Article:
Apr 18

Operation Praying Mantis, 18 April 1988

Thursday, April 18, 2013 6:40 AM

By

On 14 April 1988, watchstanders aboard USS Samuel B. Roberts (FFG 58) sighted three mines floating approximately half of a mile from the ship. Twenty minutes after the first sighting, as Samuel B. Roberts was backing clear of the minefield, she struck a submerged mine. The explosive device tore a 21-foot hole in the hull, causing extensive fires and flooding. Ten Sailors were injured in the attack. Only the heroic efforts of the ship’s crew, working feverishly for seven straight hours, saved the vessel from sinking. Four days later, forces of the Joint Task Force Middle East (JTFME) executed the American response to the attack: Operation Praying Mantis. The operation called for the destruction of two oil platforms being used by Iran to coordinate attacks on merchant shipping. On 18 April, the coalition air and surface units not only destroyed the oil rigs but also various Iranian units attempting to counter-attack U.S. forces. By the end of the battle, U.S. air and surface units had sunk or severely damaged half of Iran’s operational fleet. Navy aircraft and the destroyer Joseph Strauss (DDG 16) sank the frigate Sahand (F 74) with harpoon missiles and laser-guided bombs.

 

The main building of the Iranian Sassan oil platform burns after being hit by a BGM-71 Tube-launched, Optically-guided, Wire-guided (TOW) missile fired from a Marine AH-1 Cobra helicopter

The main building of the Iranian Sassan oil platform burns after being hit by a BGM-71 Tube-launched, Optically-guided, Wire-guided (TOW) missile fired from a Marine AH-1 Cobra helicopter

A laser-guided bomb dropped from a Navy A-6 Intruder disabled frigate Sabalan (F 73), and Standard missiles launched from the cruiser Wainwright (CG 28) and frigates Bagley (FF 1069) and Simpson (FFG 56) destroyed the 147-foot missile patrol boat Joshan (P 225). In further combat A-6s sank one Boghammer high-speed patrol boat and neutralized four more of these Swedish-made speedboats. One Marine AH-1T Sea Cobra crashed from undetermined causes, resulting in the loss of two air crew. Operation Praying Mantis proved a milestone in naval history. For the first time since World War II, U.S. naval forces and supporting aircraft fought a major surface action against a determined enemy. The operation also demonstrated America’s unwavering commitment to protecting oil tankers in the Arabian Gulf and the principle of freedom of navigation.

The Iranian frigate Is Sahand (74) burns after being attacked by aircraft of Carrier Air Wing 11 from the aircraft carrier USS Enterprise (CVN-65).

The Iranian frigate Is Sahand (74) burns after being attacked by aircraft of Carrier Air Wing 11 from the aircraft carrier USS Enterprise (CVN-65).

An aerial view of the Iranian frigate Is Alvand (71) burning after being attacked by aircraft of Carrier Air Wing 11 from the aircraft carrier USS Enterprise (CVN-65).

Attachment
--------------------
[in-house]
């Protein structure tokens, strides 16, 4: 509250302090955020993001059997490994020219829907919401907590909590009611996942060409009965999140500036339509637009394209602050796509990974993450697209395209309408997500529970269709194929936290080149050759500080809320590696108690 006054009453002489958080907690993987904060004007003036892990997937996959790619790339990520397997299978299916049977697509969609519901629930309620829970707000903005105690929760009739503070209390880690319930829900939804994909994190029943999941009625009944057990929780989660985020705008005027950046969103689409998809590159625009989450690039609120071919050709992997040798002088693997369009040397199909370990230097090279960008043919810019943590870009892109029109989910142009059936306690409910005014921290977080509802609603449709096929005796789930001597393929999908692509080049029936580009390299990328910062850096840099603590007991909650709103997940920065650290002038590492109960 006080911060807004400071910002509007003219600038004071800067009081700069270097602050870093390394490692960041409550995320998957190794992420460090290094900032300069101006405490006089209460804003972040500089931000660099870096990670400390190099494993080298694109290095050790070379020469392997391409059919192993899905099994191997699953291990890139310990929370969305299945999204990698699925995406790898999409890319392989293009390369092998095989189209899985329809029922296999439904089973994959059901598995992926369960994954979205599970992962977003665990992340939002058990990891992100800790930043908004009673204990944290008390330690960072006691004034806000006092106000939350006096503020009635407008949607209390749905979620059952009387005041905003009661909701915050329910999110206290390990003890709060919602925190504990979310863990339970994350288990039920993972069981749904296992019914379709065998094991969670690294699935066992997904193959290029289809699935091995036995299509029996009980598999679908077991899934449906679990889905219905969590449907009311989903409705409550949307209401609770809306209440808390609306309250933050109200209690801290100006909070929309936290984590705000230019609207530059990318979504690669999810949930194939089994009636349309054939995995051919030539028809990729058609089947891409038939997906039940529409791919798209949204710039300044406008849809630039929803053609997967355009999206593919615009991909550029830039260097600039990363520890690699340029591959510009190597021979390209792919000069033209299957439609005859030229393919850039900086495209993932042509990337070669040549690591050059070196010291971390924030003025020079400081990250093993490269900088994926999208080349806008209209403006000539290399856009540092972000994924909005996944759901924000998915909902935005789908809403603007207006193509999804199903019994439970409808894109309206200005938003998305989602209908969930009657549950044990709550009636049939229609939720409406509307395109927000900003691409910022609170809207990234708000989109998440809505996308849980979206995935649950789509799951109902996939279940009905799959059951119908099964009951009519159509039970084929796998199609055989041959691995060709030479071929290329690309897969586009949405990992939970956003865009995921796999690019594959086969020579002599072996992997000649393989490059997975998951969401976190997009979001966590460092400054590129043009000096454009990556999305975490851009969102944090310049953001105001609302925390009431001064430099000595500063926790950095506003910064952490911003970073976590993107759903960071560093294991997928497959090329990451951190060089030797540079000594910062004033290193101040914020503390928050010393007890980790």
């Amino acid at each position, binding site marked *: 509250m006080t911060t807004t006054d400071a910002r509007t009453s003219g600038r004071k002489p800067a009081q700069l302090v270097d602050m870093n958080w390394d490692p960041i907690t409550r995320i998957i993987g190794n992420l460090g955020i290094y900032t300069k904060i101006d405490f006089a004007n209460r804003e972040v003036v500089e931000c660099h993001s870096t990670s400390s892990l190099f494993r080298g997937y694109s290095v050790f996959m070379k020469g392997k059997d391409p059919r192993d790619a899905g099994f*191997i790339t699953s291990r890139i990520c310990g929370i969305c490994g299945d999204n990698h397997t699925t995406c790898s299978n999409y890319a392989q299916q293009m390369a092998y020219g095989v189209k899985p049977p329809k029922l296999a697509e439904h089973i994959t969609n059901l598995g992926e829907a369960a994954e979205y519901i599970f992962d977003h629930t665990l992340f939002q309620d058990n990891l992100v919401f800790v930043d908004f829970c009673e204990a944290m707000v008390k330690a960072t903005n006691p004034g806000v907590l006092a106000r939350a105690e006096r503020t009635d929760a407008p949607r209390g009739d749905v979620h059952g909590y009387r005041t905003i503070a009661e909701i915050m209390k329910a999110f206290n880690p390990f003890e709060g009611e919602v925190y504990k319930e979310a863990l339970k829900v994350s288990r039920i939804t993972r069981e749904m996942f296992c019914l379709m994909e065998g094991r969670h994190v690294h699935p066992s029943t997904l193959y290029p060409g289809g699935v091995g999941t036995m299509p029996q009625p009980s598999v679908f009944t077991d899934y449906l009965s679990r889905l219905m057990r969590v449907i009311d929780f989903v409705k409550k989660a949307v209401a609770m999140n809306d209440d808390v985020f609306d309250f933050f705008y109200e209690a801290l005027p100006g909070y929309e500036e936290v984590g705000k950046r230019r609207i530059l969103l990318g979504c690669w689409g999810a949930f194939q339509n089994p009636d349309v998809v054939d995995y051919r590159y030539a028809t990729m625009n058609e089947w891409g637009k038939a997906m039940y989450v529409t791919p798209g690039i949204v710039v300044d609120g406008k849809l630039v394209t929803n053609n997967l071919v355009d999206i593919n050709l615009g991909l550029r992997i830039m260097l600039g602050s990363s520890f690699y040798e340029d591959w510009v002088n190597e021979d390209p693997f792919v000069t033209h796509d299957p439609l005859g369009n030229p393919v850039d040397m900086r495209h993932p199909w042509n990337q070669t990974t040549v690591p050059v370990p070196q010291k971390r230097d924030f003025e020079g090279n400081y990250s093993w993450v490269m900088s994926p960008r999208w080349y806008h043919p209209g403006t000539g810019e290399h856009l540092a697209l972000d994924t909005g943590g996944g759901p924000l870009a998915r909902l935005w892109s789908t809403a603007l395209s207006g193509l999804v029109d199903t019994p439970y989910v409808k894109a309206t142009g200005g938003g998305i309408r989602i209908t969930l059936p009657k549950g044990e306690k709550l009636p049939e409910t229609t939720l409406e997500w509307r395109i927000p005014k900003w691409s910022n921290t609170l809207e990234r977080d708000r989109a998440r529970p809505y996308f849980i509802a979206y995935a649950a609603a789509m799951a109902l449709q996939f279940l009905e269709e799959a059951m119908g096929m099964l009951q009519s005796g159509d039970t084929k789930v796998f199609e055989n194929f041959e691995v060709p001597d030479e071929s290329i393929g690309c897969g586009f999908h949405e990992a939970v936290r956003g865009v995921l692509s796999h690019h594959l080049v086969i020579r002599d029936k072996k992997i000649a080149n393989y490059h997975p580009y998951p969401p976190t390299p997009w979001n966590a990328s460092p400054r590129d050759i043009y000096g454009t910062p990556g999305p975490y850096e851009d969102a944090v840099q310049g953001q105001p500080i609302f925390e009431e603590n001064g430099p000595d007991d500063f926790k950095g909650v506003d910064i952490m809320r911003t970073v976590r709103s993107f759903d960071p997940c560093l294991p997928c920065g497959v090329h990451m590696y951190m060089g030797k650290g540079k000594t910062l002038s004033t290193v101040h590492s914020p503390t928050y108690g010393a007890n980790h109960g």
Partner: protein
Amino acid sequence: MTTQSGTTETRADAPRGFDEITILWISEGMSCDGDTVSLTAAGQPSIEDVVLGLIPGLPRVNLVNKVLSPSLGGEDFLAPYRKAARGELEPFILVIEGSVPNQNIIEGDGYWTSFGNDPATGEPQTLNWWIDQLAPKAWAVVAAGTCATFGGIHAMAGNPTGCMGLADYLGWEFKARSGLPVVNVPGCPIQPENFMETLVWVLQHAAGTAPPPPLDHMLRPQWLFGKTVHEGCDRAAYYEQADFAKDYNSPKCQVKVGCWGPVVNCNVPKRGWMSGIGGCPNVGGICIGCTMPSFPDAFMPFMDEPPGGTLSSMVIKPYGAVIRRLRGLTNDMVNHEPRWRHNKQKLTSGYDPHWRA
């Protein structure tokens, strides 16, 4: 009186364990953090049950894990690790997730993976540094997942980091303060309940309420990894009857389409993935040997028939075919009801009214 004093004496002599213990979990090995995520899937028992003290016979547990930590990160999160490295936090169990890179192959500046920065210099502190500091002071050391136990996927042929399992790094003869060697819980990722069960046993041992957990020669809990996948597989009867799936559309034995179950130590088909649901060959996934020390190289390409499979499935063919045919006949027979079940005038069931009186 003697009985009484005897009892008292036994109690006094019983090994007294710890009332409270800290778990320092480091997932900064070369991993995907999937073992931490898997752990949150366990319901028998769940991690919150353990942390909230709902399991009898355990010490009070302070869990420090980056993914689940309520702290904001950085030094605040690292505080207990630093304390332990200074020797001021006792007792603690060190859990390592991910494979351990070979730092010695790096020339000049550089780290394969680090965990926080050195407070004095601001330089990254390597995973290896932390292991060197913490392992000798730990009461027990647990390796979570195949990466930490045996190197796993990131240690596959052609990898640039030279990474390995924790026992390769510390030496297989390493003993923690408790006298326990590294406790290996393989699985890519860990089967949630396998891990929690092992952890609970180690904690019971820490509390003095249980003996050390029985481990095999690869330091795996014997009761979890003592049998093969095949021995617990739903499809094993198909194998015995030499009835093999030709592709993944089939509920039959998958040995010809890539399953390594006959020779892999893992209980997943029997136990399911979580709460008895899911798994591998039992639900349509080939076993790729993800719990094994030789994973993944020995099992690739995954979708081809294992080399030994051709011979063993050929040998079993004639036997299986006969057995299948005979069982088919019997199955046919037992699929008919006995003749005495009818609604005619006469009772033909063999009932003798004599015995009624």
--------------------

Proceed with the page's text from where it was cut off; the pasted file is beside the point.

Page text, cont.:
An aerial view of the Iranian frigate Is Alvand (71) burning after being attacked by aircraft of Carrier Air Wing 11 from the aircraft carrier USS Enterprise (CVN-65).

Sources: Edward J. Marolda and Robert J. Schneller Jr., Sword and Shield: The United States Navy and the Persian Gulf War (Washington, DC: GPO, 1998), 37-8; Michael A. Palmer, On Course to Desert Storm: The United States Navy and the Persian Gulf (Washington, DC: GPO, 1992), 141-46; unpublished draft material from Mark Evans’ forthcoming naval aviation chronology.

For more information on Operation Praying Mantis,
visit the NHHC website:
http://www.history.navy.mil/Special%20Highlights/OperationPrayingMantis/index.html

 

 
 
 
  • Glen Meek

    I’m a reporter in Las Vegas who recently interviewed a veteran of Operation Praying Mantis. Among his recollections: That Iranian sailors in the water after the sinking of an Iranian frigate were not rescued by any American vessels. The former American sailor says he was told at the beginning of the operation that picking up survivors “was not an option.” I was wondering if any other veterans are aware of any “take no prisoners” policy with regard to this battle. I have read several accounts of the incident and have found mention of only one survivor being captured — and he was on an oil platform. If any veterans of the battle would like to weigh in on this please contact me via email. Thanks.

  • Bryan Cash

    What is your email

  • Richard Chappell

    Glen pretty much I am sure your reporting would be to the detriment to the US Navy and our battle there. The Iranians got all they deserved and I regret the one destroyer that got away.

  • Derek L. Farthing

    You may want to check the ABC News broadcast with Peter Jennings for 18APR1988

  • Haardcase

    I know that it’s been a while, but I was on the bridge of the USS Simpson and heard the discussion regarding what to do with potential prisoners.

    The CO was making plans to take aboard survivors of the Joshan, but was overruled for the simple reason that we were ill-equipped to house and guard prisoners, as were the other ships in SAG CHARLIE. Instead, several life rafts with provisions and medical supplies were loaded aboard our helicopters and dropped to the men in the water so that they could save themselves.

    It was not a matter “take no prisoners”, but one of “there is no place to keep them”.

    I also observed USS Simpson, USS Bagley and USS Wainwright stand clear of Joshan (and the Sirri oil platform) to allow rescue craft access to the crews. The only activity not allowed was firefighting at Sirri.

  • jimmyt

    Whose straits? Our straits